Jared told me to keep giving her the command “Easy,” reminding Rocky to hold back, stay in step with me. At the beginning, we were the only ones in class. But then the little shepherd Fling arrived, with her handler. They stepped into the center of the circle, and started working on basic commands.

We interspersed our glacial walking with right circles, left circles, and U-turns, and occasional sit/stays and down/stays. Gradually, Rocky fell into step with me, got into rhythm. Now her biggest problem was when our circle passed one of the other dogs in the room – Ripley or Fling. Rocky likes dogs. She’s social. She wants to veer out, say hi. Jared helped me to do small corrections, keeping Rocky’s focus on me, adjusting her attention, while at the same time keeping her pace at my pace.

I would like to say at this point how much I appreciate Jared, and how much I am learning from him. That’s Jared, the photo up top. I hope at a later date to interview  him to find out more details about his background. For now, I can tell you he received his initial dog training from his service in the Army, where he worked with bomb dogs. He left the service because a bomb went off too close to him, and he has TBI (traumatic brain injury). It affects  his short-term memory (among other things), and he compensates by keeping everything written down, logged, relying heavily on his iPhone, iMac, etc. (He’s a Mac guy, through and through.) The Army used to be very focused on more punitive dog training: choke collars, adverse conditioning. But they learned in more recent years that wasn’t so effective, and have moved towards more positive reinforcement. In addition to training service dogs, Jared helps many people in Las Cruces deal with aggressive dogs. He uses that combination: strictness when necessary, lots of rewards and praise when that is enough.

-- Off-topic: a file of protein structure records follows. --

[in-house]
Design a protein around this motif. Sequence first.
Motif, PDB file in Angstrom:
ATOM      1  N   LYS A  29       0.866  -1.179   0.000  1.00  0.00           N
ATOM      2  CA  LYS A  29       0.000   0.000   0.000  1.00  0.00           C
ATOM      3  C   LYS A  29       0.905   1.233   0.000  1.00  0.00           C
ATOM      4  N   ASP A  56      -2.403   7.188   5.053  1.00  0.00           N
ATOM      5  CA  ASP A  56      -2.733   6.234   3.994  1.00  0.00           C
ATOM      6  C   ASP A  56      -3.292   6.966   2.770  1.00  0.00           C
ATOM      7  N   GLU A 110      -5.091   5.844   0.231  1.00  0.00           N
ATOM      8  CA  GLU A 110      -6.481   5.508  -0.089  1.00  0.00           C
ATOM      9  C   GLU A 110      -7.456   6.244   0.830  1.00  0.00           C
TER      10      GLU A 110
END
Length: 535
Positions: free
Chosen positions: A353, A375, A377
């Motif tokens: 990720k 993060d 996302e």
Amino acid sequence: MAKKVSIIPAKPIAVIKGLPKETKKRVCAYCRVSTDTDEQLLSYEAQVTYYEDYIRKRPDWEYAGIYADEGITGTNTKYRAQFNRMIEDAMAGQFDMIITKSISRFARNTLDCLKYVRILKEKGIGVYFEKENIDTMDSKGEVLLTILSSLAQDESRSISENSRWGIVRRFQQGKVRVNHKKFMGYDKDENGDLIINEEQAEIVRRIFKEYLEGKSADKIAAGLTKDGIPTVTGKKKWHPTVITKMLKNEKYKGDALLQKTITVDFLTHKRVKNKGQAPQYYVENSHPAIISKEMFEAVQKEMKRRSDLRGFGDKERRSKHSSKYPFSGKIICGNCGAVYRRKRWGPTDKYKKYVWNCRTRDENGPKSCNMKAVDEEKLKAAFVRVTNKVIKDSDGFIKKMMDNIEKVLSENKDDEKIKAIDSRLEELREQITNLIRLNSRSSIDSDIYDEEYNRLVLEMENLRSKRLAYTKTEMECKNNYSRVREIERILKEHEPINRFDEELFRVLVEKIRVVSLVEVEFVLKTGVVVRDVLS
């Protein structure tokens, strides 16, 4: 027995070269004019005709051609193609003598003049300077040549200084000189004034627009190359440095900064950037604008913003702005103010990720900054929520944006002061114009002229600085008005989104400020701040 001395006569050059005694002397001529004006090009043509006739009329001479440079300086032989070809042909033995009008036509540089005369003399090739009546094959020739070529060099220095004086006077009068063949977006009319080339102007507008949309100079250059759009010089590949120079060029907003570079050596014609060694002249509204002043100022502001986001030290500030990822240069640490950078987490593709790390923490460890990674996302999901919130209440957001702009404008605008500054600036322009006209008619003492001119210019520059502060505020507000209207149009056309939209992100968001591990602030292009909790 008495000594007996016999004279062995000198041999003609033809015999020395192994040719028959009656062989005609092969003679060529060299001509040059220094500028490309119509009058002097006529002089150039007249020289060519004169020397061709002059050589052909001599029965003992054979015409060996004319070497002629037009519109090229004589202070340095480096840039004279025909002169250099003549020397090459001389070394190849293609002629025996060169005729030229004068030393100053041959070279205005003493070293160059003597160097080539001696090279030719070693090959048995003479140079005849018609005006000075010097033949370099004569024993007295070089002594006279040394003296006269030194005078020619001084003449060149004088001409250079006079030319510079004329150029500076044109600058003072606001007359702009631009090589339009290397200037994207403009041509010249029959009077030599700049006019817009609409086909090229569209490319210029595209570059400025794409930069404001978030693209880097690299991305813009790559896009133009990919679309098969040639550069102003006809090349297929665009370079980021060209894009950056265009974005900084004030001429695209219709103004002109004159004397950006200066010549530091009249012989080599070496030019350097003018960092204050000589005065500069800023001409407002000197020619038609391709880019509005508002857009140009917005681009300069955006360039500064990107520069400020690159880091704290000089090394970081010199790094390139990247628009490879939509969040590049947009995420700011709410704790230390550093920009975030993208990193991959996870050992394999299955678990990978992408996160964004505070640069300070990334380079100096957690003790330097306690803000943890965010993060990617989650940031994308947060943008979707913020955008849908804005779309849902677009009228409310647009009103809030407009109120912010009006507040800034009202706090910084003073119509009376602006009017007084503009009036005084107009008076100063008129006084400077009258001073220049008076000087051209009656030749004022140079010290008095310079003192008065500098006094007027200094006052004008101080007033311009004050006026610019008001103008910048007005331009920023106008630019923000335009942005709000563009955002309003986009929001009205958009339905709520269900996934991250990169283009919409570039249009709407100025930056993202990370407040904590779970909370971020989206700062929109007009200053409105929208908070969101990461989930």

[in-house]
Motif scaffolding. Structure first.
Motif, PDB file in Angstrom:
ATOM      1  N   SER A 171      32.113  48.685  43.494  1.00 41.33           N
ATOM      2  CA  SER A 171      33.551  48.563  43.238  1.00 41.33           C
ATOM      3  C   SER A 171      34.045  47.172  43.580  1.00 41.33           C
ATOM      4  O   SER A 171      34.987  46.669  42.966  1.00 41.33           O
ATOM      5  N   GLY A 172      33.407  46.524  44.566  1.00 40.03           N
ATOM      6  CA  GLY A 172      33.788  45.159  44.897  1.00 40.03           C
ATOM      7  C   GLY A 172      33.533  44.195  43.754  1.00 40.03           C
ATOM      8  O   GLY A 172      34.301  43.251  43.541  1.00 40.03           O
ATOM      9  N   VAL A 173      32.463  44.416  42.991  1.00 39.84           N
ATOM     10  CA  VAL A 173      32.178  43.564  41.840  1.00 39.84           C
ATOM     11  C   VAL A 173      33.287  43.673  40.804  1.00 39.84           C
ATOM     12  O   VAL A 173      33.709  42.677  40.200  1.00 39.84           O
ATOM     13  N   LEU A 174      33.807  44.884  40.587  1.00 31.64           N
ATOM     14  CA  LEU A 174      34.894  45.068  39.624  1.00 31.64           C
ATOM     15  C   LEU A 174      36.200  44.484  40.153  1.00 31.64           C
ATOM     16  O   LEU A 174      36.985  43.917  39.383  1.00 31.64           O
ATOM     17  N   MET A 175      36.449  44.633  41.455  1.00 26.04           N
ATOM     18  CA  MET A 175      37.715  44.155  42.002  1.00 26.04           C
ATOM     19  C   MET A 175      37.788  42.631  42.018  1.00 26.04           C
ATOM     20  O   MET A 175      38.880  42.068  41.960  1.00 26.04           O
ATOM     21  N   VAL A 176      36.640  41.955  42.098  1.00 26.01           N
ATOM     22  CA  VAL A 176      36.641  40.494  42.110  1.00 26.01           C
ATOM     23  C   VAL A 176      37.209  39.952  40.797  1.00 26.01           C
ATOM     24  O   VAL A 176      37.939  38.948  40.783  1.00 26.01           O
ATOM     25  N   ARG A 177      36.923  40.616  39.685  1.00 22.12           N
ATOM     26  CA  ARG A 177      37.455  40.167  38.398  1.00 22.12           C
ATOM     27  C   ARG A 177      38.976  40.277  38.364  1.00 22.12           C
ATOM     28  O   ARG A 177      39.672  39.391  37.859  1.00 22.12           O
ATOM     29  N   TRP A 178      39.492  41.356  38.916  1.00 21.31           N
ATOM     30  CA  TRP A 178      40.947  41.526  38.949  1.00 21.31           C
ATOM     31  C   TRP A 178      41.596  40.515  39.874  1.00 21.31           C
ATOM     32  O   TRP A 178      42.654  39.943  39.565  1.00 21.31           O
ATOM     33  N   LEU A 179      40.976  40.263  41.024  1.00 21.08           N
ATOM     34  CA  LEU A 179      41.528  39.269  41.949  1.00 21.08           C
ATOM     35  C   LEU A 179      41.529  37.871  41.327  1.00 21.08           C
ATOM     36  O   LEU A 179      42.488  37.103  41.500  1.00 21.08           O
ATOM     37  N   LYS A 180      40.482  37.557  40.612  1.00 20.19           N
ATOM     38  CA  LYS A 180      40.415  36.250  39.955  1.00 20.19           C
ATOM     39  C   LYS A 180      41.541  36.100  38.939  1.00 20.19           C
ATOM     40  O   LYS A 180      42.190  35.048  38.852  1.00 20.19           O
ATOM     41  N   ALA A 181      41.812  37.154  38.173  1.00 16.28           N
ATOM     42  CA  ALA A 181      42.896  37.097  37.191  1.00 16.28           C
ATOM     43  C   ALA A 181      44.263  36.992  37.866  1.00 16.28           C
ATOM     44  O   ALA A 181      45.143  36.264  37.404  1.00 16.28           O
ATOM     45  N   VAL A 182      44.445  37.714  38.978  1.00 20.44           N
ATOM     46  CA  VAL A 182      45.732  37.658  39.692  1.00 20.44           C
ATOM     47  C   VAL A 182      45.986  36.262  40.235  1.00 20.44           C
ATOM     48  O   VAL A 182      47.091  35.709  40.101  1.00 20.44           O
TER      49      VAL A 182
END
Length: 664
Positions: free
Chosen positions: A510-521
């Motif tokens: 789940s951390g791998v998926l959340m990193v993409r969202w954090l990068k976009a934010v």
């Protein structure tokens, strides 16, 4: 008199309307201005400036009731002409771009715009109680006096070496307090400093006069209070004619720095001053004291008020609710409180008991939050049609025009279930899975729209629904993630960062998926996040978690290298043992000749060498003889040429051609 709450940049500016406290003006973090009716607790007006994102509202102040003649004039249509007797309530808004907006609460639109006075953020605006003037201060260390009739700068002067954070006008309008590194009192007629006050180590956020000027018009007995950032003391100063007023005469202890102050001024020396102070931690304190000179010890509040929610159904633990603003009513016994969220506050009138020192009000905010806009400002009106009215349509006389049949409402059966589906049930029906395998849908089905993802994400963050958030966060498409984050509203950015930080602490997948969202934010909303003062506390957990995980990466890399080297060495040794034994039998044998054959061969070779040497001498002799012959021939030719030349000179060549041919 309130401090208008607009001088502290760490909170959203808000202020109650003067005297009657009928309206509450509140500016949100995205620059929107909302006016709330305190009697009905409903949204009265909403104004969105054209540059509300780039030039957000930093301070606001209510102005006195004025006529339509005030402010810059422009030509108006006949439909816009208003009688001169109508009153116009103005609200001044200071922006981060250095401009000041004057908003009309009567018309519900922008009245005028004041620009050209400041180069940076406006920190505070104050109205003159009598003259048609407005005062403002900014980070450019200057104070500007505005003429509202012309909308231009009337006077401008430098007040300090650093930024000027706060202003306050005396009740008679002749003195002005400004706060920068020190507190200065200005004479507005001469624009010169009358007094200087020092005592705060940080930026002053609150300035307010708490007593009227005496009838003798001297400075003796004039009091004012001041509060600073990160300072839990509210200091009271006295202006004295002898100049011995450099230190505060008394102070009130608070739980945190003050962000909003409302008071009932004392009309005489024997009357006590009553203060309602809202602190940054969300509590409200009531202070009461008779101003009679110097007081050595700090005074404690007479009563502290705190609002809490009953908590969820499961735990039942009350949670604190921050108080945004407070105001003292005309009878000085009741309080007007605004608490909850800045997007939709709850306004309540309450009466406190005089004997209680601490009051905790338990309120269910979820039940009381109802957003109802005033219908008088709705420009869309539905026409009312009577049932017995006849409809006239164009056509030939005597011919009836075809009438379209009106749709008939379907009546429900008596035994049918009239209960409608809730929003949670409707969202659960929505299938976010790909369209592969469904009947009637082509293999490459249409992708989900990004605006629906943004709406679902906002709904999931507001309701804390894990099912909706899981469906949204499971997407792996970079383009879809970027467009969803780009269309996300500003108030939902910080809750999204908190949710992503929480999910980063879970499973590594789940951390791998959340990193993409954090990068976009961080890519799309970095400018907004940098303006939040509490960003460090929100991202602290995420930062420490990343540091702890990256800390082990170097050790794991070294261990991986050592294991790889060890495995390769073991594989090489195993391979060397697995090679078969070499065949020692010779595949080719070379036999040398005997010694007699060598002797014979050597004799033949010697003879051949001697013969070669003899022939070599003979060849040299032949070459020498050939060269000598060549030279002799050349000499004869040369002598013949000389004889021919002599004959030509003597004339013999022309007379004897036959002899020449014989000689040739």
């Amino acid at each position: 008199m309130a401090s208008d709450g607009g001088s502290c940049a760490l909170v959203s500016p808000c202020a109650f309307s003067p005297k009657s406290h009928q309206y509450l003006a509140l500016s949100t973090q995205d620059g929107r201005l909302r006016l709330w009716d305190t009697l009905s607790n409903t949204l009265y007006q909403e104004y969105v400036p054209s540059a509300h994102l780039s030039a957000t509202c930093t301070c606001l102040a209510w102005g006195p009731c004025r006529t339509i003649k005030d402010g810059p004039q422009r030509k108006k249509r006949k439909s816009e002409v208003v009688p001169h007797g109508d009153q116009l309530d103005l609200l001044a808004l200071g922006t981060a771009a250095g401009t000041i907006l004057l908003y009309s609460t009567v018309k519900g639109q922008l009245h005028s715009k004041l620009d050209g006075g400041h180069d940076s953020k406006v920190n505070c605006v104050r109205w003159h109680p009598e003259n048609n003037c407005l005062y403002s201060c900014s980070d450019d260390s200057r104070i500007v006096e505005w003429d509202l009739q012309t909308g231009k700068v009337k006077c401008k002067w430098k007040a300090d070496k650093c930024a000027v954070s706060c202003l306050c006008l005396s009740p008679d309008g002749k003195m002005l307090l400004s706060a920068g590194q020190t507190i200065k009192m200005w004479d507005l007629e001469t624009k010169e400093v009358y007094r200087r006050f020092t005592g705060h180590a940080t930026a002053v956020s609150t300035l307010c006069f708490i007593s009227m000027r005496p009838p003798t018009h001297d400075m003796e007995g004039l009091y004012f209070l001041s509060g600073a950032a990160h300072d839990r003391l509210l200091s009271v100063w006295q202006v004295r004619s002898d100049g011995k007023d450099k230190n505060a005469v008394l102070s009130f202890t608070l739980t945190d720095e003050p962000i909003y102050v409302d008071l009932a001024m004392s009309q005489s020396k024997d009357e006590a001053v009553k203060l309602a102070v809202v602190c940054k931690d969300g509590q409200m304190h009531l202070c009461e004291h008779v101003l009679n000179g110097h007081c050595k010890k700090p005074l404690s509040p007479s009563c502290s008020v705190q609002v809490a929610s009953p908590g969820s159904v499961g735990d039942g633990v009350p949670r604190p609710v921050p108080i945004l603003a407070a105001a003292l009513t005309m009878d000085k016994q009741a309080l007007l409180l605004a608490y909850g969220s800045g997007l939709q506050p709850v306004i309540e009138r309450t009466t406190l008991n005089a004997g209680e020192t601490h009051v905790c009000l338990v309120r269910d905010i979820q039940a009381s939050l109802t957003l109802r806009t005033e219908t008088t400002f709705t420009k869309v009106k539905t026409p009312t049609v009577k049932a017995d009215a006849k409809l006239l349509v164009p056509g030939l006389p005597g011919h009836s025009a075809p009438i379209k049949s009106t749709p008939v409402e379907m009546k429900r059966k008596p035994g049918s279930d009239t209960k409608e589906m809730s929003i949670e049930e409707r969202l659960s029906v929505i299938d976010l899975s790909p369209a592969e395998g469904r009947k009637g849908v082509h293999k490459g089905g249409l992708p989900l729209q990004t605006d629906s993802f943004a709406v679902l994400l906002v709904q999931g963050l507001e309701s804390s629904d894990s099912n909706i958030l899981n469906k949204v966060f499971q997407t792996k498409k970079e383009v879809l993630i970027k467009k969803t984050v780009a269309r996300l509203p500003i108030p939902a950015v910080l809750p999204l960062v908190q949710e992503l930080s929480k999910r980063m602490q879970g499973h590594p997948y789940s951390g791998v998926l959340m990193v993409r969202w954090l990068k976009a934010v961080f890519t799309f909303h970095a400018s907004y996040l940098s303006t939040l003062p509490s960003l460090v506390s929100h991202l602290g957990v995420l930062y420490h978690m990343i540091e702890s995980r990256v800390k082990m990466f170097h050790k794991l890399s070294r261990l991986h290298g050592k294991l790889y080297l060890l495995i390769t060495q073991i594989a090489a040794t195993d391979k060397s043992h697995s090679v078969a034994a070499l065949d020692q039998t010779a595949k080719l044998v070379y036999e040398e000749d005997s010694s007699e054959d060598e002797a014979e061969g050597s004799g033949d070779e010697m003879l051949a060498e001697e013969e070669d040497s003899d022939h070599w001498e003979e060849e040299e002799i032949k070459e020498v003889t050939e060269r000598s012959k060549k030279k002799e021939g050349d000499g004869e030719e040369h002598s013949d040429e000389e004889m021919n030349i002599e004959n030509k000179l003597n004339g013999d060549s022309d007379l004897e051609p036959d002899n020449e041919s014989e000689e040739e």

As I work with Rocky, Jared often walks quietly along beside me, and at just the right moment, tells me when I can give a slight corrective tug to the leash, or reminds me to give a verbal command, so Rocky knows what is coming next. He also acknowledges the times I have done something correctly, noticing when I catch Rocky just before she breaks out of her sit during a stay, or starts to wander, which reinforces my self confidence. I feel as if every day I am adding tools to my kit, building my knowledge base.

 

One last thing about this night: When I arrive, Rocky almost always runs to greet us. But it is usually Ripley she goes to initially, not me. She loves other dogs, and has included Ripley in her circle of friends. Then she’ll turn to me and say hi. At the end of training on Tuesday, though, something different happened. I was exhausted. Laurie, the kennel helper, asked if I was done, and I said yes, and handed her Rocky’s leash. Laurie turned, and she and Rocky walked all the way to the door of the training room.

Then Rocky spun around, and ran to the end of her leash to come back to me. As if she wanted to say goodbye. My heart melted on the spot.

 

12Jul

New Challenges for Training Days 7 & 8: My Cane and Movement Work

This past week, on July 5 and 7, we upped the ante a bit in my work with Rocky. Part of it was planned, and part of it happened because of my own body.